Running antifreeze through outboard

Father's Day

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Ok everyone I'm getting mixed reviews at the dock. I called my mechanic to schedule winterizing of my boat which is coming out of the water Dec.3 we are in NJ and the weather is changing fast, but it's Stripper season and the fishing is excellent. He said he will get to me but he backed up right now, I asked about the motor freezing, he said as long as it down all the water drains out. So if that's the case then why are we running antifreeze through it . Any thoughts
Thanks
Be safe and enjoy the day
 
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Byram

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Interesting. On my outboards here in Ct, my winter ritual has always been to run the engine on the muffs with salt away for awhile, rinse, and fog. Pull each spark plug and a quick shot of fogging oil in each (redundant ). drain and change lower unit oil . I do keep the motor in the down position. fuel stabilizer has already been added.
No antifreeze
 

DennisG01

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Ok everyone I'm getting mixed reviews at the dock. I called my mechanic to schedule winterizing of my boat which is coming out of the water Dec.3 we are in NJ and the weather is changing fast, but it's Stripper season and the fishing is excellent. He said he will get to me but he backed up right now, I asked about the motor freezing, he said as long as it down all the water drains out. So if that's the case then why are we running antifreeze through it . Any thoughts
Thanks
Be safe and enjoy the day
Maybe it would be helpful to tell us what kind of engine you have? Some OB's, it's a good idea to do this... most it's not... with sterndrives and inboards it's absolutely necessary.
 

Father's Day

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Maybe it would be helpful to tell us what kind of engine you have? Some OB's, it's a good idea to do this... most it's not... with sterndrives and inboards it's absolutely necessary Merc 150 EFI outboard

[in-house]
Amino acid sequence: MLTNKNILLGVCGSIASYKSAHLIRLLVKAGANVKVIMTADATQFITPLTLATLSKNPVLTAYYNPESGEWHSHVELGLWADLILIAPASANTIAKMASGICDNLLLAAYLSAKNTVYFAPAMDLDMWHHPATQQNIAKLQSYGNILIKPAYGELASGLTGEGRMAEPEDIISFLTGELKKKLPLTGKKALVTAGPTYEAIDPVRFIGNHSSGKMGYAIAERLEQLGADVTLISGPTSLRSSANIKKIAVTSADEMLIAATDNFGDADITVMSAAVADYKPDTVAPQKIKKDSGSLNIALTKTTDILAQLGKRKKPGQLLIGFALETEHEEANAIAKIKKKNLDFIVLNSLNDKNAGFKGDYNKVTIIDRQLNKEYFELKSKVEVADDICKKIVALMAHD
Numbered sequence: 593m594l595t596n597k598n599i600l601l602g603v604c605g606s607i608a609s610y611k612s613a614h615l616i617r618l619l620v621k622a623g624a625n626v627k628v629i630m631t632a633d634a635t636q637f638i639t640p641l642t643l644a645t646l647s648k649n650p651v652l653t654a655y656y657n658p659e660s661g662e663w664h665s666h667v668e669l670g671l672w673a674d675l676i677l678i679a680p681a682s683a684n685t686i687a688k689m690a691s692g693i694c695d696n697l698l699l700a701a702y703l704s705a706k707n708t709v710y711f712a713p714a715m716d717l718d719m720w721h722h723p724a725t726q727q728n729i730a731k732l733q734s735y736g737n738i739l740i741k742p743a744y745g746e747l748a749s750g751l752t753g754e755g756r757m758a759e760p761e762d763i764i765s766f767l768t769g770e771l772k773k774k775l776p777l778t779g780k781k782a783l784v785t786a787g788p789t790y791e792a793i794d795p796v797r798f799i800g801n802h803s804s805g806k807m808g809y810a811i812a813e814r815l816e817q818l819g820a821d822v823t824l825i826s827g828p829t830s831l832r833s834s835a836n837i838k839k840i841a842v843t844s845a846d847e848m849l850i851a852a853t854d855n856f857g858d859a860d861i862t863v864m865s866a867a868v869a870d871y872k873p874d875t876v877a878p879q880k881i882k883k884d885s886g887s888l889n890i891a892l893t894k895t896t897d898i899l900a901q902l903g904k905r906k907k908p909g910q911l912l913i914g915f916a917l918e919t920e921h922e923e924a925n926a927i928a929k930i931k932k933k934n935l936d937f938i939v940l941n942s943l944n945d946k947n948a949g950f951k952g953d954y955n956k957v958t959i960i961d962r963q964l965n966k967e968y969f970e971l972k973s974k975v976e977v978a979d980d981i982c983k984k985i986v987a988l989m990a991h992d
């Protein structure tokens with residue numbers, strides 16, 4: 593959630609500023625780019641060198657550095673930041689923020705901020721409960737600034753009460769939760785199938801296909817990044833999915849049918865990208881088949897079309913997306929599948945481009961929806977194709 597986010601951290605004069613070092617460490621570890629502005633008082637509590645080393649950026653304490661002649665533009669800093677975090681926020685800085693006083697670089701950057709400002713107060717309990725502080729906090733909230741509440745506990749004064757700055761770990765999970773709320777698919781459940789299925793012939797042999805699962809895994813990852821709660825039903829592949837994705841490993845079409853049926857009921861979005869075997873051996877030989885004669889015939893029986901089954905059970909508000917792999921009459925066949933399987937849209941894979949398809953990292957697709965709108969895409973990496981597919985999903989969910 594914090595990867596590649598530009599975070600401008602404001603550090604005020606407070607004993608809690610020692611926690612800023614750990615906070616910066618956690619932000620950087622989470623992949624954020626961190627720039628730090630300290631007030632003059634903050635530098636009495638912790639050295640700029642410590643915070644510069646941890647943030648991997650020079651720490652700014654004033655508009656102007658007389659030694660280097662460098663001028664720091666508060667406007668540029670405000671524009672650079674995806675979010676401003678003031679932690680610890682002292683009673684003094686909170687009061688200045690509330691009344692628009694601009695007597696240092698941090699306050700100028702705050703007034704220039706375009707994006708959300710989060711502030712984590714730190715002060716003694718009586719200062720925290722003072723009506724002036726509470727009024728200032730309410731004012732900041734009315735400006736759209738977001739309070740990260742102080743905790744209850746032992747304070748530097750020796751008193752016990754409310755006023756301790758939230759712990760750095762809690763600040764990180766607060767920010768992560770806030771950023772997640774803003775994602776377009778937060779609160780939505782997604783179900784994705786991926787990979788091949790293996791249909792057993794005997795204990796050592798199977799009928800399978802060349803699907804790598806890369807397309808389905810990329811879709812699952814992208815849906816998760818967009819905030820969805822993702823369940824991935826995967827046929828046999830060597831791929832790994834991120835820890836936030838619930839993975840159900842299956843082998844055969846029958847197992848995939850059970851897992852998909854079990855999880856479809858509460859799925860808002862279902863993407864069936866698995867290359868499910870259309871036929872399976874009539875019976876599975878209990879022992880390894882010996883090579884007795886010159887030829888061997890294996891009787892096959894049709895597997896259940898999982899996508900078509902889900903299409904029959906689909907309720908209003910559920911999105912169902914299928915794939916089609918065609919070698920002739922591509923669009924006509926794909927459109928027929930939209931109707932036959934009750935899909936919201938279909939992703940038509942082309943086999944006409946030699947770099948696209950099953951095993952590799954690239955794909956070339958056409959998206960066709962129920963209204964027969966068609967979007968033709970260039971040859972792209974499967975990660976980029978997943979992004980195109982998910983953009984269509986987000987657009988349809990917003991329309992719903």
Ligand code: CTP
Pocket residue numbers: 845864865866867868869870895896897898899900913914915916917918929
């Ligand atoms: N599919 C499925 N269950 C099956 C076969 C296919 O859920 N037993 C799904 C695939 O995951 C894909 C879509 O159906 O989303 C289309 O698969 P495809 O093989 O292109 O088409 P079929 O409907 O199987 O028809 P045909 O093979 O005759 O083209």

Father's Day

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I have a Merc 150 EFI outboard
 

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outboards don't need antifreeze.

The temperature in NJ has just in the last 2 nights gone barely below freezing.
If you are in the water trying to stretch out the striper season then leave your motors down in the water when you tie up. The water is 56 degrees.

On trailer or blocks, after your winter maintainance, leave them down to let them drain. Done. If it gets brutally cold when you pull it and you feel it necessary then remove the T-stat, pour some RV antifreeze to run down through and be done.

your fresh water system and head should be flushed with RV antifreeze.
 
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Mustang65fbk

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but it's Stripper season and the fishing is excellent.
Stripper season eh? Aren't you afraid they might get a bit cold in December? Sorry, I couldn't resist. I've personally owned 3 boats over the years, all of which had year 2000 and newer 4 stroke outboard motors on them and have never used, nor ever even heard of anyone running antifreeze through their motors. My parents owned a late 80's Arima with a 90 hp Yamaha 2 stroke and we never used antifreeze on her either. In the past I've always added a fuel stabilizer into the gas tank before winterizing, then run the motor for 5-10 minutes with salt away connected to the ear muffs like Byram mentioned. I'll generally check the plugs, the oil and so forth as well after I pull the boat back out for the start of the spring/summer as it doesn't make much sense to me to do those things before letting the boat sit for 5+ months. If the motor is running like a dog turd and obviously needs something fixed or changed out like the plugs or oil then I'll do it as needed. But I don't see the need to put brand new oil and spark plugs in the motor and then have it sit. Just my opinion of course. I always leave the outboard as far down as possible so as to help get as much water out of the lower unit as I can. On my parent's old boat we came back after one winter and had a cracked lower unit, I'm assuming from water getting/staying in over the wintertime and then freezing. Won't do that again.
 

Father's Day